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A new “low-add” rotationally asymmetric multifocal intraocular lens: clinical experience with the Lentis LS-313 MF20

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Session Details

Session Title: Pseudophakic IOLs/ Multifocals II

Session Date/Time: Tuesday 16/09/2014 | 08:00-10:30

Paper Time: 09:50

Venue: Boulevard A

First Author: : J.Reiter GERMANY

Co Author(s): :                  

Abstract Details


Clinical evaluation of this new “low-add” MIOL with progressive near-add of +2.00 dpt in the inferior IOL-segment, performing a prospective study in the context of planed cataract surgery. Focus of investigation was post op visual acuity for far, intermediate and near, depth of focus, contrast sensitivity, halo and glare-assessment especially for night driving and overall patient satisfaction.


Eye-Clinic Landshut, Bavaria


In a prospective study 40 eyes of 20 patients (bilateral) received the IOL Lentis LS 313 MF20. This sister-IOL to the Mplus with a reduced near-add of 2.00 dpt at IOL plane was implanted in the context of planed cataract surgery. All eyes were otherwise healthy, with the exception of mild AMD and/or glaucoma. The clinically expected post op visual acuity was 0.63 or more. Standard coaxial phacoemulsification with an incision of 2.4 mm was performed in peribulbar anesthesia, starting with the non-dominant eye. At 1, 3 and 6 months post op eyes were examined by an ophthalmologist and technician for data-collection and statistical analysis. Visual acuity testing was performed using EDTRS-charts for 4 m, 80 cm and 40 cm under daylight conditions. Depth of focus was determined on the basis of best distance correction adding +/- spheres in 0.5 dpt steps to the oculus test frame and recording distance visual acuity under daylight conditions. Contrast sensitivity was tested under photopic (85 cd/m²) and mesopic (3 cd/m²) conditions using the contrast sensitivity tester by Ophtec 6500. Halo and glare assessment for day and night was performed using test pictures and subjective quantification. A questionnaire determines overall satisfaction in daily life.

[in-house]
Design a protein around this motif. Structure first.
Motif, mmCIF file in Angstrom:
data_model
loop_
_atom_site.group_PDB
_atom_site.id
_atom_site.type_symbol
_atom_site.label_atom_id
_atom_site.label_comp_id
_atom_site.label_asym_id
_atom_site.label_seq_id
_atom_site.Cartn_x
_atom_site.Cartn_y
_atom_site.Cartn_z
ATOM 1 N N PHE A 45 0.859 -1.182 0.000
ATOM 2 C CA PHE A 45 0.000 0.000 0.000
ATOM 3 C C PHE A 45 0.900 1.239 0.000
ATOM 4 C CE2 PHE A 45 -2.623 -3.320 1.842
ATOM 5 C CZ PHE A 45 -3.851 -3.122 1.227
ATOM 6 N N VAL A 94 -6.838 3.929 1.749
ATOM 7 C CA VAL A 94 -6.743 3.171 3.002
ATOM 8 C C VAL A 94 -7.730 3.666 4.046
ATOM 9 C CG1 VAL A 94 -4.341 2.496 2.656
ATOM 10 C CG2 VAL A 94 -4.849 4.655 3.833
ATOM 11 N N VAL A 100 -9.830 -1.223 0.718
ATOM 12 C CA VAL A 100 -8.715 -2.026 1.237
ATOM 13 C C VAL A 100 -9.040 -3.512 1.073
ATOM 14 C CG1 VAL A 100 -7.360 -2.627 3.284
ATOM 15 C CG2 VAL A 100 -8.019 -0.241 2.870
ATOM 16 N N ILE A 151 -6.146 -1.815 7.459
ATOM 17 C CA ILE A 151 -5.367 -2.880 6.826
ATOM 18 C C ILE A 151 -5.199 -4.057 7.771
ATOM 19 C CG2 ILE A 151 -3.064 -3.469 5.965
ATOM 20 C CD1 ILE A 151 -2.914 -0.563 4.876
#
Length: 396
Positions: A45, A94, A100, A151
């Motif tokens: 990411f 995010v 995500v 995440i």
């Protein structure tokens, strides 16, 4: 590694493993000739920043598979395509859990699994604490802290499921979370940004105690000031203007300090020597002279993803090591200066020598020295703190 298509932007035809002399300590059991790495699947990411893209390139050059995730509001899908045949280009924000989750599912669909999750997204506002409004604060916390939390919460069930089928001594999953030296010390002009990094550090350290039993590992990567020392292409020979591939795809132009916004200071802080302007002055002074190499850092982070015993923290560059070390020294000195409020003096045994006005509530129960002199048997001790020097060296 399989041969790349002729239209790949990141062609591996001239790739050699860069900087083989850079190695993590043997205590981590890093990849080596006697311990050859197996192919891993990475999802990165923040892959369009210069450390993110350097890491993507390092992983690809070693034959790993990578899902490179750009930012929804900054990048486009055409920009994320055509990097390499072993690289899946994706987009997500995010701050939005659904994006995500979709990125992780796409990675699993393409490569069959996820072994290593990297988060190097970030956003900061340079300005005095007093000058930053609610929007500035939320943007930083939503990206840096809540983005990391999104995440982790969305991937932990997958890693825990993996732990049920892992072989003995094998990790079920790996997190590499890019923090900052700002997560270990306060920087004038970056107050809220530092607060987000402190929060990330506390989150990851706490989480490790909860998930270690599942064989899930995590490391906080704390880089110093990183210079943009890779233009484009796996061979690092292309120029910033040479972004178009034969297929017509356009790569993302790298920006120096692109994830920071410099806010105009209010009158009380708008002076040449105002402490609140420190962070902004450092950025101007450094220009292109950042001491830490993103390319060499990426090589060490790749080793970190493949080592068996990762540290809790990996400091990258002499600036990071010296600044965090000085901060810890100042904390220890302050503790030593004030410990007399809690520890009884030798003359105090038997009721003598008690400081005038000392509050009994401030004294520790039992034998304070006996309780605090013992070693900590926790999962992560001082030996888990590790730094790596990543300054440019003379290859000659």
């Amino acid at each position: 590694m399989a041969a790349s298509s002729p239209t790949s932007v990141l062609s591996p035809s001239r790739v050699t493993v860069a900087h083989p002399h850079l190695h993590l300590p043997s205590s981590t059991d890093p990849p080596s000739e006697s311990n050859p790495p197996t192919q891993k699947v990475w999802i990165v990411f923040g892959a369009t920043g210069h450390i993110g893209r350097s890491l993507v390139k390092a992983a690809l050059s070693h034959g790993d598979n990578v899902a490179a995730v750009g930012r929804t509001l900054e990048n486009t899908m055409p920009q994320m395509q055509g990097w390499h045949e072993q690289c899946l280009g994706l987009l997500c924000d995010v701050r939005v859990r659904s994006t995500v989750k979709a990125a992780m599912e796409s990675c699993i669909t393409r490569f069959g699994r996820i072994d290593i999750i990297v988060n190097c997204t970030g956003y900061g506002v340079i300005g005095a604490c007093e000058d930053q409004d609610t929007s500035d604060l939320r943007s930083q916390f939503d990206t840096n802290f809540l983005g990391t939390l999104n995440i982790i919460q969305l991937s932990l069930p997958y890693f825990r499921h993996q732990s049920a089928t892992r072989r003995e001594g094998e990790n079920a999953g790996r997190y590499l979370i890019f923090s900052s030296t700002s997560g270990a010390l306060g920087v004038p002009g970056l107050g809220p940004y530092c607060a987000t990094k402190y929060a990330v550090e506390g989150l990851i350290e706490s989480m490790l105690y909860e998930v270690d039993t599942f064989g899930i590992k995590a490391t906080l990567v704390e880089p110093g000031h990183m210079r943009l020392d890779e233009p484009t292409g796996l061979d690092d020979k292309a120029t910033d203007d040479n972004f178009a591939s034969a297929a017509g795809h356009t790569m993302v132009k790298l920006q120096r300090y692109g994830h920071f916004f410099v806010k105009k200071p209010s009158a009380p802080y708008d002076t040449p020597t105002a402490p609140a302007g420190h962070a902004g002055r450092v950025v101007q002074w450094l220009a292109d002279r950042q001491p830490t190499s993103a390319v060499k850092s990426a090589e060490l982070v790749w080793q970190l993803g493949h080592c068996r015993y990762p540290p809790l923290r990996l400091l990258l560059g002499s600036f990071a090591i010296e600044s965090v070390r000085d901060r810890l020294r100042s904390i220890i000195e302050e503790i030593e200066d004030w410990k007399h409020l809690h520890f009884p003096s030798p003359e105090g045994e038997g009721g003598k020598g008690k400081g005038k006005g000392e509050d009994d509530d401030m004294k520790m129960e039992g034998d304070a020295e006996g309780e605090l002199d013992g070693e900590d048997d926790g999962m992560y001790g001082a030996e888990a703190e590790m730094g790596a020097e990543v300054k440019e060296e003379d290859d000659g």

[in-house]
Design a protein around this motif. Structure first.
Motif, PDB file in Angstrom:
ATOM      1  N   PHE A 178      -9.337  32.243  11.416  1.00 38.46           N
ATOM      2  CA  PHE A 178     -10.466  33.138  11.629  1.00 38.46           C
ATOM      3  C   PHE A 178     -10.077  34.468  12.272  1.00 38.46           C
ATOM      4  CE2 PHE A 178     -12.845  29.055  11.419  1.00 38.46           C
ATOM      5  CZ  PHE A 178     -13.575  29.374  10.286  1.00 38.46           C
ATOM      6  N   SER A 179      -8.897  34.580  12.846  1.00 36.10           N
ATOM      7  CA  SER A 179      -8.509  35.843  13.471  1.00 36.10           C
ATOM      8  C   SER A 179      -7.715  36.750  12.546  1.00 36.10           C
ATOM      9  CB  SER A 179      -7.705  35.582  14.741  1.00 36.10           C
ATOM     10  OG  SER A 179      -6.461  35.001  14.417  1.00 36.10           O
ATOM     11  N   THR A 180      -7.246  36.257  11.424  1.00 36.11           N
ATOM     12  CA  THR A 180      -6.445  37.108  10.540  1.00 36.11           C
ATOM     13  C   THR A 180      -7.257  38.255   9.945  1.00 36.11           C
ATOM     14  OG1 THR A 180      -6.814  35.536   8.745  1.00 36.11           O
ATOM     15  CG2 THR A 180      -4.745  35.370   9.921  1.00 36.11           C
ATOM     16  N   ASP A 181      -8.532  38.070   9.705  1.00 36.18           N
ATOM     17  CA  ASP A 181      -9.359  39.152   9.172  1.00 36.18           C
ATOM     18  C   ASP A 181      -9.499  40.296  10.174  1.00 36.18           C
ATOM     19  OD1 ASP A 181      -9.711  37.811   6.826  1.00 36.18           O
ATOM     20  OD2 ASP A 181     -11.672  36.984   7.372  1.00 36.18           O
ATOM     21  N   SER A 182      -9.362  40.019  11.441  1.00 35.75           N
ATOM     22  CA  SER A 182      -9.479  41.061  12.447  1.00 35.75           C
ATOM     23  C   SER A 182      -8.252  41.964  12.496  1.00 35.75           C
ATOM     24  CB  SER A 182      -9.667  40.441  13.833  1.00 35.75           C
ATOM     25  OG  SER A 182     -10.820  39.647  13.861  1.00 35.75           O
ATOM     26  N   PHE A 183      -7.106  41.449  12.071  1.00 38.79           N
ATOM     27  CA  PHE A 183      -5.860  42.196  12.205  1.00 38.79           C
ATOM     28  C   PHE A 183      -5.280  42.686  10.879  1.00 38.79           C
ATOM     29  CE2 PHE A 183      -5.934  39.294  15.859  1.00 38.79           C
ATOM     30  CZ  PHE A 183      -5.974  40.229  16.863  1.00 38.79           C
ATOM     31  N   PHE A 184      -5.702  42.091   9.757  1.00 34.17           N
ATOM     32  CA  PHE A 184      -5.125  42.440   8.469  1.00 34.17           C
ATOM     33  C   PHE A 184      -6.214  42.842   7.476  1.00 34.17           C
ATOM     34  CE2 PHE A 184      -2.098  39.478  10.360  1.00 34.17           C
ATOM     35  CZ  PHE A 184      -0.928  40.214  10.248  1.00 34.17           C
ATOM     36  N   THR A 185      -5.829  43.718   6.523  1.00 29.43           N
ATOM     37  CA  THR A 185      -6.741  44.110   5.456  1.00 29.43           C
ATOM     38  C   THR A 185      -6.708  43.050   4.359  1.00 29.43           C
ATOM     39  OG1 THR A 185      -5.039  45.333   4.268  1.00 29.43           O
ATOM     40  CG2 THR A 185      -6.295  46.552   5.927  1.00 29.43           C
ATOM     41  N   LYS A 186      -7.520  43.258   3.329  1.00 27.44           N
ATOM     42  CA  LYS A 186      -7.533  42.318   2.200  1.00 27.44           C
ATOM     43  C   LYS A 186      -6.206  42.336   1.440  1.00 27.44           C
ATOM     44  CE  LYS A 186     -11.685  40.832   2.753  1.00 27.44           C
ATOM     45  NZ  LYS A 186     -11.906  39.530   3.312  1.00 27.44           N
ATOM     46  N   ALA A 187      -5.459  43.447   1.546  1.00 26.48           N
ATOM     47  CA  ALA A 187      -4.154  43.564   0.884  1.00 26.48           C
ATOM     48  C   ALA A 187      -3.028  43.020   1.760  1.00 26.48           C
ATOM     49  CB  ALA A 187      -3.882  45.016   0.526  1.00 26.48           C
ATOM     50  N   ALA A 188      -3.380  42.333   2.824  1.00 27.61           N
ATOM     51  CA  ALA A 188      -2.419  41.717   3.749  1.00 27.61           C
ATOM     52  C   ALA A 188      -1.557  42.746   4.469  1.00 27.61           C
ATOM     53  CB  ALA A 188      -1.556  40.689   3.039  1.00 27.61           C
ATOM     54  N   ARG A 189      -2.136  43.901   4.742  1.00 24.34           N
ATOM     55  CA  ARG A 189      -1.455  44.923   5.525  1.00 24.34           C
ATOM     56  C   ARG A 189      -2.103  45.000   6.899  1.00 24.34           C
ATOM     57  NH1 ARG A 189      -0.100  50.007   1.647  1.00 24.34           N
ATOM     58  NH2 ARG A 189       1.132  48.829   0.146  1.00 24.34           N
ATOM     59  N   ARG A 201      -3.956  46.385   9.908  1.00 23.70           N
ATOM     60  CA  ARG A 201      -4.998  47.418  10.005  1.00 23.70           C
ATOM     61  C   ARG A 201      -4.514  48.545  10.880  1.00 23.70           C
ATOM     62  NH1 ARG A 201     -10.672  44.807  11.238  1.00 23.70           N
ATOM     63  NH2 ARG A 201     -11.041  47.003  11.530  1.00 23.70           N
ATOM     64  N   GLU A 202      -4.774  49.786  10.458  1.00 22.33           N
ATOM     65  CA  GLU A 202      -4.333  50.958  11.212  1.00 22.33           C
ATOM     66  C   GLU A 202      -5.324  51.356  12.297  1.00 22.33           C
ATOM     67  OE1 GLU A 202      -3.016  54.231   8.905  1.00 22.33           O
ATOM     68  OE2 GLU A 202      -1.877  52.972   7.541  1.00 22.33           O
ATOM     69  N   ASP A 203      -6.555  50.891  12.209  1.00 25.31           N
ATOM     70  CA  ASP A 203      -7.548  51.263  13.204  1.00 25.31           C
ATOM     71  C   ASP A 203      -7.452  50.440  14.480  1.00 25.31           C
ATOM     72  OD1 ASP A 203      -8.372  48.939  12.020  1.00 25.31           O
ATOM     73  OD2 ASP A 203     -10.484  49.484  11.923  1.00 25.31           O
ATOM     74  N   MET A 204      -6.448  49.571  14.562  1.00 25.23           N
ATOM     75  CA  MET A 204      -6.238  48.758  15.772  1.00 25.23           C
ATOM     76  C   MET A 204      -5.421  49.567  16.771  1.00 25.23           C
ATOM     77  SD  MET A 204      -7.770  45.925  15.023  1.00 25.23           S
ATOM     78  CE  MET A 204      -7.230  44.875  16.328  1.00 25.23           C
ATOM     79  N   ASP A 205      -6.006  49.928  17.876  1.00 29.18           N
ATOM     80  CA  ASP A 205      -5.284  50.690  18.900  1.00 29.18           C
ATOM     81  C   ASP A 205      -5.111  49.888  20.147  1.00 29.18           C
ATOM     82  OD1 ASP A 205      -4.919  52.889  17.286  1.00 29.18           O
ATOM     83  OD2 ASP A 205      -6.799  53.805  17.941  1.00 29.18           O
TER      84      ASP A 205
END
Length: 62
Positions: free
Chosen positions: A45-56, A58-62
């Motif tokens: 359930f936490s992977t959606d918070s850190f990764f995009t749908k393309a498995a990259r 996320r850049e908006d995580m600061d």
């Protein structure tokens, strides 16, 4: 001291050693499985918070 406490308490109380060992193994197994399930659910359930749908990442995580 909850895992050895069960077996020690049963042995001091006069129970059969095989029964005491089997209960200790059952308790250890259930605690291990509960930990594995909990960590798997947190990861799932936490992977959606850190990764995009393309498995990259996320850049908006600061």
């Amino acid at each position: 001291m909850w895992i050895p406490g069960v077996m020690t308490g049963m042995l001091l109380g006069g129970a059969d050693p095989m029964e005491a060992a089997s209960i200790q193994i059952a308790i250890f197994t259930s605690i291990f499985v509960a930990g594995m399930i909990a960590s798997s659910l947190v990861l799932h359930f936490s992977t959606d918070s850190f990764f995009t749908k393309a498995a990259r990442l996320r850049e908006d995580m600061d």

As expected there was a significant improvement of UCVA from pre op 0.25 to post op 0.80 and BSCVA from pre op 0.45 to post op 0.95 (mean, monocular). Refraction changed from pre op +1.33 dpt SEQ to post op -0.30 dpt SEQ. Cylinder remained unchanged (0.26 dpt vs 0.25 dpt). Monocular UIVA was 0.74 and DCIVA 0.73, UNVA was 0.57 and DCNVA 0.54. Binocular results were as follows: UCVA 0.95, DCVA 1.06, UIVA 0.85, DCIVA 0.80, UNVA 0.65, DCNVA 0.58 and CNVA 0.92. Contrast sensitivity results were comparable to monofocal IOLs. Defocus curves show a broad shoulder from +0.50 to -1.50 dpt. 5 of 20 patients reported mild halos during night driving during 3 months. No subject reported an intractable glare or haloing. 4 of 20 patients use additional readers for newspaper, none for intermediate distance.


The above results show significant improvement of UCVA und BSCVA up to 0.80 and 0.95 (decimal). Intermediate visual acuity was almost at the level of distance visual acuity, binocular 0.80. Binocular UNVA was 0.65 and DCNVA was 0.58, well above newspaper print (0.40). Defocus curves show a broad shoulder from +0.50 to -1.50 dpt of 0.80 (decimal). Only 5 of 20 patients report mild halos during night driving. Only 4 of 20 patients use additional readers for small print. No patient reported of intractable glare and halo or dysphotopsia. In summary this new “low add” segment MIOL has the potential to become a patient- and surgeon-friendly multifocal IOL for cataract surgery and presbyopic lens exchange for its low profile of optic side effects. The worst complication so far seems to be additional readers for small print in otherwise happy patients for far and intermediate distance.

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